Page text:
From the list on hope for the future.
Who am I?
As an author, I write both serious nonfiction and literary fiction. As a journalist, I have lifelong associations with The Atlantic and the Washington Monthly. I didn’t plan it, but four of my nonfiction books make an extended argument for the revival of optimism as intellectually respectable. A Moment on the Earth (1995) argued environmental trends other than greenhouse gases actually are positive, The Progress Paradox (2003) asserted material standards will keep rising but that won’t make people any happier, Sonic Boom (2009), published during the despair of the Great Recession, said the global economy would bounce back and It’s Better Than It Looks (2018) found the situation objectivity good on most major issues.
Gregg's book list on hope for the future
Discover why each book is one of Gregg's favorite books.
Why did Gregg love this book?
Finished in 1907, this famed book is worth rereading today for awareness that its pervasive pessimism proved totally wrong. Adams declared that western democracy was doomed, that freedom had no chance if forced into war versus dictatorship, that the pace change was overwhelming, that the U.S. educational system could not possibly teach science. A century later, democracy prevailed in both world wars, free nations out-produce dictatorships 10 to 1, and America has won more Nobel prizes in the sciences than the next five nations combined. Pessimism has long been with us – and almost always been wrong.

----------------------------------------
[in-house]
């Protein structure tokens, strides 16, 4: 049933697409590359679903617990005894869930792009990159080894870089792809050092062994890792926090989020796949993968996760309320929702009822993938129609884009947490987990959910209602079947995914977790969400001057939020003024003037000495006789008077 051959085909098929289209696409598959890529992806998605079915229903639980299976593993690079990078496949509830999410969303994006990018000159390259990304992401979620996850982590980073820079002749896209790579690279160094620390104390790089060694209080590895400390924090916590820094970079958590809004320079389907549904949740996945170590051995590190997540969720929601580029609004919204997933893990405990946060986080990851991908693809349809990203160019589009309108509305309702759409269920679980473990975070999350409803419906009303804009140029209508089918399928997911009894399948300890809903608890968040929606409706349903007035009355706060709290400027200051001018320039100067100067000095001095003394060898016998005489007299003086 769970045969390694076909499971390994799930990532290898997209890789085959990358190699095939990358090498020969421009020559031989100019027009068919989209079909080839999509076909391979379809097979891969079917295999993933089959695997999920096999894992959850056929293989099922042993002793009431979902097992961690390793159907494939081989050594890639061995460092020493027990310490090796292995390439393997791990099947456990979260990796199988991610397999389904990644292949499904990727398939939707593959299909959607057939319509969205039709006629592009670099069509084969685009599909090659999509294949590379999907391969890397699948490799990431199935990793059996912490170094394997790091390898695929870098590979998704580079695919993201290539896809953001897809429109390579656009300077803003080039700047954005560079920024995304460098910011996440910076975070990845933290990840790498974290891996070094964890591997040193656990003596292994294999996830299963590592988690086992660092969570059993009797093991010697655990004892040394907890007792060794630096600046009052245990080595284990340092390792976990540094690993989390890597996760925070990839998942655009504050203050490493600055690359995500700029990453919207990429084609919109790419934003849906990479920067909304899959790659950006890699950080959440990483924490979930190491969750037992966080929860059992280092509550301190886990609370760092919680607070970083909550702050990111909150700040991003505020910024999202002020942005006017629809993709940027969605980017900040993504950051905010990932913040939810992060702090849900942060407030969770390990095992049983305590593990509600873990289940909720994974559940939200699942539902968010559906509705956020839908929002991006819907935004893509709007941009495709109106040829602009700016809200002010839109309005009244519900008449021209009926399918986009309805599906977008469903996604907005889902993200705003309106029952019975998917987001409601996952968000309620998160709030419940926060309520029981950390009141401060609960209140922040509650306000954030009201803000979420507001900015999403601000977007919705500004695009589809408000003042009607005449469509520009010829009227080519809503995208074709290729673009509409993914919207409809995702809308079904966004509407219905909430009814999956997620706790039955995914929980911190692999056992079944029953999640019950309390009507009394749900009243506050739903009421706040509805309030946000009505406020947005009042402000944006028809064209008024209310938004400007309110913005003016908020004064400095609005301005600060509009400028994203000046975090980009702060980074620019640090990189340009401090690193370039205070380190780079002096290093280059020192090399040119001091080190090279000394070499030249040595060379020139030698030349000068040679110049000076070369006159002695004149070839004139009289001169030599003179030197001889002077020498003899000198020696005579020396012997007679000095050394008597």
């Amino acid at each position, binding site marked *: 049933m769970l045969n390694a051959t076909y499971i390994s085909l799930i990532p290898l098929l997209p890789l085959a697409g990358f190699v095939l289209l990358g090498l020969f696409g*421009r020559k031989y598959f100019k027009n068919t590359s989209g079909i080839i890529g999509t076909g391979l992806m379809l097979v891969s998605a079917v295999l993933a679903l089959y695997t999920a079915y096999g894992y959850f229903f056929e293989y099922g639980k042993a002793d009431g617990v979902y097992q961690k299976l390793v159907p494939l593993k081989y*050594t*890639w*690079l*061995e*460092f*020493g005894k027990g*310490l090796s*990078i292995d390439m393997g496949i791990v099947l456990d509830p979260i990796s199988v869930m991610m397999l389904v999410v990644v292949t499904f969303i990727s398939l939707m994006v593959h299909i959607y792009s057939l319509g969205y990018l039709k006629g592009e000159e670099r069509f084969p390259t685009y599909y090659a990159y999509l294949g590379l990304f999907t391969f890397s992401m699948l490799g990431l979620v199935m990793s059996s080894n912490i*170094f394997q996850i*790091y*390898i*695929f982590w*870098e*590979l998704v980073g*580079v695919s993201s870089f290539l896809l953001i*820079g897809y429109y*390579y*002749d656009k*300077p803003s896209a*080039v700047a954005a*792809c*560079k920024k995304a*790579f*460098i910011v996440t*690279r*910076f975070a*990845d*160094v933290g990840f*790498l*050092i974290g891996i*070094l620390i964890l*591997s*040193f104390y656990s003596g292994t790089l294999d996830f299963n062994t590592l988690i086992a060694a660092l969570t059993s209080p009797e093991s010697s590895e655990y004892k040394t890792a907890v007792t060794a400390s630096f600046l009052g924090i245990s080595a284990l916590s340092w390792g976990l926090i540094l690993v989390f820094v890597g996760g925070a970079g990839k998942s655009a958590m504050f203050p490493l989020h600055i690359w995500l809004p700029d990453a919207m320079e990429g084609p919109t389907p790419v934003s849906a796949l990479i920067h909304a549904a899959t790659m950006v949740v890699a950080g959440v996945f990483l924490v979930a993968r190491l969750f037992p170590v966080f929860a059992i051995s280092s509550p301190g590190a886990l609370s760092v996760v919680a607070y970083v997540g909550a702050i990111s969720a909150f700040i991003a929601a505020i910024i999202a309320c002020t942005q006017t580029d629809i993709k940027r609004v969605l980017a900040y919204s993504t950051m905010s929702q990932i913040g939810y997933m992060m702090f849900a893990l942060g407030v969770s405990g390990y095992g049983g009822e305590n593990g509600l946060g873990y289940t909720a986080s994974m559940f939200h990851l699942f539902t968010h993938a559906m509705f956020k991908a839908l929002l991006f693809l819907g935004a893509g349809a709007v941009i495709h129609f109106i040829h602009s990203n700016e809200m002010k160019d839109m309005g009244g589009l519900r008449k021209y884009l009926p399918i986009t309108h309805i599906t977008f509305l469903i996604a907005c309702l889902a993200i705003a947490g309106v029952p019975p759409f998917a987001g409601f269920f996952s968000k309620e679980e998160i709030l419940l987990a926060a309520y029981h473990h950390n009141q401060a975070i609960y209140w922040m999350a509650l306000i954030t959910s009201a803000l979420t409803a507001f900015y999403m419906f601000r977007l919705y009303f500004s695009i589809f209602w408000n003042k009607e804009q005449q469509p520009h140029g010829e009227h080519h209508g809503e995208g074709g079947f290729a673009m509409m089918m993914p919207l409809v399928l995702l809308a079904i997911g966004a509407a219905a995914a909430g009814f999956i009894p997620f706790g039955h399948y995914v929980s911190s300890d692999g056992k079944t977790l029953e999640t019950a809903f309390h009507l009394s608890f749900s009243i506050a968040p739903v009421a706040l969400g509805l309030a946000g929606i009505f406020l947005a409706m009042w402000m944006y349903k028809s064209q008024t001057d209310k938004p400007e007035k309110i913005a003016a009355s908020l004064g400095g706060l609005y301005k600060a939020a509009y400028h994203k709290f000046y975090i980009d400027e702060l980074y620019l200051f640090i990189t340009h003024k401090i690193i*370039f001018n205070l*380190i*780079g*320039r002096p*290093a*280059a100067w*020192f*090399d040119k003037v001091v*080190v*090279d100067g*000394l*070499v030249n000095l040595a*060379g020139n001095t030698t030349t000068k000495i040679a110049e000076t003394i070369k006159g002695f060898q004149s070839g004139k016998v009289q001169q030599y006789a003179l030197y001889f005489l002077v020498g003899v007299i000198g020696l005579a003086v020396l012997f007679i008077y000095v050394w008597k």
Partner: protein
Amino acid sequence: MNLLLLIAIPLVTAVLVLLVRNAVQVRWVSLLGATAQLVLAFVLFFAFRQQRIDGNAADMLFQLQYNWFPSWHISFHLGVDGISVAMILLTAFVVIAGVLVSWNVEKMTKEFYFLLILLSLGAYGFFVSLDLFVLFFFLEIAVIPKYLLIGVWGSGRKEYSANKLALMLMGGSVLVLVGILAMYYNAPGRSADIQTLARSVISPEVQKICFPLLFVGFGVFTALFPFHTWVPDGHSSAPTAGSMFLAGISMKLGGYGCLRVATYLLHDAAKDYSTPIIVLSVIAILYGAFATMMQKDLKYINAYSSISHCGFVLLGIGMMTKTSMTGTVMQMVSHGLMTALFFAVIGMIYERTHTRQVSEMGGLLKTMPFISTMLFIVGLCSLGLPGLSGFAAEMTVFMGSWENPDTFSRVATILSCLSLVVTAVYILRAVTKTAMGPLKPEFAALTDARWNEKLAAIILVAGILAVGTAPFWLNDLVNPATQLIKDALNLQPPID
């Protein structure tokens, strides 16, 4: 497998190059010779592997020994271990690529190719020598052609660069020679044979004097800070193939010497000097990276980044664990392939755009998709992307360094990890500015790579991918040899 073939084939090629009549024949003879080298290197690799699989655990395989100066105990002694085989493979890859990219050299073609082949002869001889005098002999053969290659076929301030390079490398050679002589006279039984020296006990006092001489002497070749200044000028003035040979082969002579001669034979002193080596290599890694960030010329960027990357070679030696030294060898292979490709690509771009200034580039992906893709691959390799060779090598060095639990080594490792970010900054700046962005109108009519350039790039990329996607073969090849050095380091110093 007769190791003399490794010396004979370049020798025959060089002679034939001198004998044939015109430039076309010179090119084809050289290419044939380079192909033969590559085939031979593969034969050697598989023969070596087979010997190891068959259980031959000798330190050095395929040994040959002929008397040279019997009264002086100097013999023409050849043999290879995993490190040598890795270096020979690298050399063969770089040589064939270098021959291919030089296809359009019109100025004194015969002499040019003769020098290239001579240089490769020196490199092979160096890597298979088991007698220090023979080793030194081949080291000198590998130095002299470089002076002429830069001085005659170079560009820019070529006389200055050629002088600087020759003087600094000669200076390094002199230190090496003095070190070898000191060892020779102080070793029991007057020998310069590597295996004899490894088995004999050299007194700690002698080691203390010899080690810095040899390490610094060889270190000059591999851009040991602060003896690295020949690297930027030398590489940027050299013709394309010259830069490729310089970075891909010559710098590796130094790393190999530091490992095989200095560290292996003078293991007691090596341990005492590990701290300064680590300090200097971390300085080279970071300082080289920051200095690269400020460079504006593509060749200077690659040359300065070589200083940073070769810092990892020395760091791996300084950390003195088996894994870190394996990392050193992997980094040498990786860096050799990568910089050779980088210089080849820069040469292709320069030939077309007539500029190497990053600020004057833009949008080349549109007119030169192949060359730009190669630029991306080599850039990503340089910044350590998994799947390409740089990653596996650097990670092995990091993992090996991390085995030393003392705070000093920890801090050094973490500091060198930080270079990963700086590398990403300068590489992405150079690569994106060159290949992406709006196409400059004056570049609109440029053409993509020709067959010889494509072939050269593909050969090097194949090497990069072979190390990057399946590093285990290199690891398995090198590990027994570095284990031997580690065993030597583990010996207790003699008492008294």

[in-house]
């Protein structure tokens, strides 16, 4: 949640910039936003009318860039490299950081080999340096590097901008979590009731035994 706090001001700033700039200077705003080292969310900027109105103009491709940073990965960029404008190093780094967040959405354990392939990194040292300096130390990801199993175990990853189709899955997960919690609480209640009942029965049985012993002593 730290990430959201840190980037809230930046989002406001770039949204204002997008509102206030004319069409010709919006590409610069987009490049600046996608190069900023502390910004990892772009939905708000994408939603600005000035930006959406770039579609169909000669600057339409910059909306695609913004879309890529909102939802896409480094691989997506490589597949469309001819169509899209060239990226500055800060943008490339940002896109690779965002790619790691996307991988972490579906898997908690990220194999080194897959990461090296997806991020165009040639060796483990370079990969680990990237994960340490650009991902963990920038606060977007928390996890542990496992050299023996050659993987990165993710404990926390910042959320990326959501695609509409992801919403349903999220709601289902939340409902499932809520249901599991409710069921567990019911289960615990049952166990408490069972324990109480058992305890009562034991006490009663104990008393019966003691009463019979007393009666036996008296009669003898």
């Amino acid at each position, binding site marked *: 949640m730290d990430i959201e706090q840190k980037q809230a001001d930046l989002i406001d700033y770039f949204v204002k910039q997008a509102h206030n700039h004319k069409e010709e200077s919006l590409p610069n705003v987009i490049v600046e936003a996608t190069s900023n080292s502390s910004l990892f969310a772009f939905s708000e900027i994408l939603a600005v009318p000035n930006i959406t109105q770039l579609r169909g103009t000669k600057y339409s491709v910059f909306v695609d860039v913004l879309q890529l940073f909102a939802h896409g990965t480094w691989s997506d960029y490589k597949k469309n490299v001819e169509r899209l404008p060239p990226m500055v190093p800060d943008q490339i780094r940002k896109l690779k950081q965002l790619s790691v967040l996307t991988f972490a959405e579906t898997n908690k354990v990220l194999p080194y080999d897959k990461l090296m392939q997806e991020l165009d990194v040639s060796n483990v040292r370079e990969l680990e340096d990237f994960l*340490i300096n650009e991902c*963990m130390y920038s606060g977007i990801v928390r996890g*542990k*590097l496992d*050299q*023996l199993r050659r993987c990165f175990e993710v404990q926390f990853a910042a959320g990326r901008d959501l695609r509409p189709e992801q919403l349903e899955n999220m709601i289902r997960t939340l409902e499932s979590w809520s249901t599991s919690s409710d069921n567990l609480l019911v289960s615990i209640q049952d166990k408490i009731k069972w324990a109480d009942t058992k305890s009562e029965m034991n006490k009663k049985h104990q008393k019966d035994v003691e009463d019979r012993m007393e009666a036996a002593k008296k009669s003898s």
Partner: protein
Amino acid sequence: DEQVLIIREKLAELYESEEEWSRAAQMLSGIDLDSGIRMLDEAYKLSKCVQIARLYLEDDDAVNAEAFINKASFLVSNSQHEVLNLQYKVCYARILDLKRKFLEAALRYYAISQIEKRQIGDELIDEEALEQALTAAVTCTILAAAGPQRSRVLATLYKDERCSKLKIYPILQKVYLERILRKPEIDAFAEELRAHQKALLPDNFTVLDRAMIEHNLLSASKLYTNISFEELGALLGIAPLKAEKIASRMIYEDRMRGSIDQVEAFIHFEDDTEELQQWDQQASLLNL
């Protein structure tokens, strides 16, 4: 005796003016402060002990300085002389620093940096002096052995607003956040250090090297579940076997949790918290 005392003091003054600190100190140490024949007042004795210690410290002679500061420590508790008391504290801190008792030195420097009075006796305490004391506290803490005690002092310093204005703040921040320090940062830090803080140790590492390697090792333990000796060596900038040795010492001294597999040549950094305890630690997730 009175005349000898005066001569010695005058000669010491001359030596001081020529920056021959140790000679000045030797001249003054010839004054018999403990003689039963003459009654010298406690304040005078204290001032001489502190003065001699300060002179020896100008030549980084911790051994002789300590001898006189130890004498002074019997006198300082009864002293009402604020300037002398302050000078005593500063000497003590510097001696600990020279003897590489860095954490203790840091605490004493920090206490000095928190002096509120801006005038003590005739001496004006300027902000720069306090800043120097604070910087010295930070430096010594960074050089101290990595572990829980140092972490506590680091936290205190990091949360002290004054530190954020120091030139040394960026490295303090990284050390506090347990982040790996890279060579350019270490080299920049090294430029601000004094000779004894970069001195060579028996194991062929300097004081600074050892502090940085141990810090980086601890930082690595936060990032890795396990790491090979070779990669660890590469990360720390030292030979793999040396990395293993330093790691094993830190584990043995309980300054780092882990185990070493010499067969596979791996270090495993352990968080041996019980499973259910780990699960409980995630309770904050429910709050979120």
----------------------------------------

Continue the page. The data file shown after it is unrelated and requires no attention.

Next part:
The Education of Henry Adams
Why should I read it?
2 authors picked The Education of Henry Adams as one of their favorite books, and they share why you should read it.
What is this book about?
This classic autobiography includes accounts of Adams's residence in England and of his "diplomatic education" in the circle of Palmerston, Russell and Gladstone.